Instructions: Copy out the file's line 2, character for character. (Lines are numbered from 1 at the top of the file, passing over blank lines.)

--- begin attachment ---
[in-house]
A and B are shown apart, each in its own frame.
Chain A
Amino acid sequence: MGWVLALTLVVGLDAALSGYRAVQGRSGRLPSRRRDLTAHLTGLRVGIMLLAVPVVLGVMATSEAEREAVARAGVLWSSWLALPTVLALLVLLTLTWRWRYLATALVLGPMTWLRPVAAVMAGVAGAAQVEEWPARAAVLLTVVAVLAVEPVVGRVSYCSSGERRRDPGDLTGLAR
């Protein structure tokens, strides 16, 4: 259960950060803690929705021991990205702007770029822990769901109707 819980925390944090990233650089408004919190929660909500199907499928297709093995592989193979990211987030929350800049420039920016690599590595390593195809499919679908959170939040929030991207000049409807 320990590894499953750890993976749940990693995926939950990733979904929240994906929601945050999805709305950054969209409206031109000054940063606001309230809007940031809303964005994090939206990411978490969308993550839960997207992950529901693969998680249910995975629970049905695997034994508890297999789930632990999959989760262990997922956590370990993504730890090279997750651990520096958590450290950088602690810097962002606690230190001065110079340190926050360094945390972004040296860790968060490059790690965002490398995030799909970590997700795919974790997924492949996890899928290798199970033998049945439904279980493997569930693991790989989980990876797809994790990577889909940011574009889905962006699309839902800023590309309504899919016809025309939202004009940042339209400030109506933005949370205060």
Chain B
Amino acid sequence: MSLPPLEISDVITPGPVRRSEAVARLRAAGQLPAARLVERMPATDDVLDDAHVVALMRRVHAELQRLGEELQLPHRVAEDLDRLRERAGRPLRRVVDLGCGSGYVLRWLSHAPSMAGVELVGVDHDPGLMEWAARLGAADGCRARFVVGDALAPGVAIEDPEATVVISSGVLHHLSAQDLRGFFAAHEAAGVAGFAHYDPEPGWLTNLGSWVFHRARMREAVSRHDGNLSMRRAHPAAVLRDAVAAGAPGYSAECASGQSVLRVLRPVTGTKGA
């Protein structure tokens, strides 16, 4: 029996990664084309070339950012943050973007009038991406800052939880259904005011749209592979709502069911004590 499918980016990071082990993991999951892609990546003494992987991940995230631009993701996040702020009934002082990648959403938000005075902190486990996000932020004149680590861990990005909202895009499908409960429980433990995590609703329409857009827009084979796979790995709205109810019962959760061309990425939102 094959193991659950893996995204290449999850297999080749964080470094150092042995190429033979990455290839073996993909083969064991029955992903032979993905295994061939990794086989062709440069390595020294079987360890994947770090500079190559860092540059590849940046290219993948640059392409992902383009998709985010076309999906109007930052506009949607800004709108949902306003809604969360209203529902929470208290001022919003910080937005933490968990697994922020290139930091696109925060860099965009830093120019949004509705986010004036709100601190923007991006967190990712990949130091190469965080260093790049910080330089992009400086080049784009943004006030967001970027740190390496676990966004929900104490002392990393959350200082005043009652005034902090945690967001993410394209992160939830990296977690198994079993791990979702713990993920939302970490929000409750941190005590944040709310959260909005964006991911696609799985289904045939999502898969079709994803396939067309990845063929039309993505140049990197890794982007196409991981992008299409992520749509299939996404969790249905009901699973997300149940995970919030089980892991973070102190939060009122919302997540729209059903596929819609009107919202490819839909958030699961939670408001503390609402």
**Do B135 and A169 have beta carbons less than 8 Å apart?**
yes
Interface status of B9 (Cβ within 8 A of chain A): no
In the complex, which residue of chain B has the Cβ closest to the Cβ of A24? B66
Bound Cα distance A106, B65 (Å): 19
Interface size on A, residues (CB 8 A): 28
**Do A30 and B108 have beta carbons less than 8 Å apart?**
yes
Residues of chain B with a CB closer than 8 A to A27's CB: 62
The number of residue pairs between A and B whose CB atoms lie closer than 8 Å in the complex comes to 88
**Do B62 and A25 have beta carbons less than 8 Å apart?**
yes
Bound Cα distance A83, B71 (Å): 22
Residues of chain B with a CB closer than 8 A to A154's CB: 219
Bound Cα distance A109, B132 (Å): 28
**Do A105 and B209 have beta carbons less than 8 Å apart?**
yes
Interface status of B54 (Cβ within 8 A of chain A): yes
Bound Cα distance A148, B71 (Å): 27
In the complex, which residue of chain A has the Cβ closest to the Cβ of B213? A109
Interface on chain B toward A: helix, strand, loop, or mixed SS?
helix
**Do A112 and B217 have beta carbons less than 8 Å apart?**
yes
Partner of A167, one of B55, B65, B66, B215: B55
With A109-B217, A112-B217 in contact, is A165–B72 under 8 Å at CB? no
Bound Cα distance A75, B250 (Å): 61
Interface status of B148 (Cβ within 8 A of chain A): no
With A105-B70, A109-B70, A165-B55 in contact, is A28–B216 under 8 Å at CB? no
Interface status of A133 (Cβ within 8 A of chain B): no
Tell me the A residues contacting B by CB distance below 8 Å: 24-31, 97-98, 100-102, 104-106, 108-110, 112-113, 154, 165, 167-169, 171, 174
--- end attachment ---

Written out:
A and B are shown apart, each in its own frame.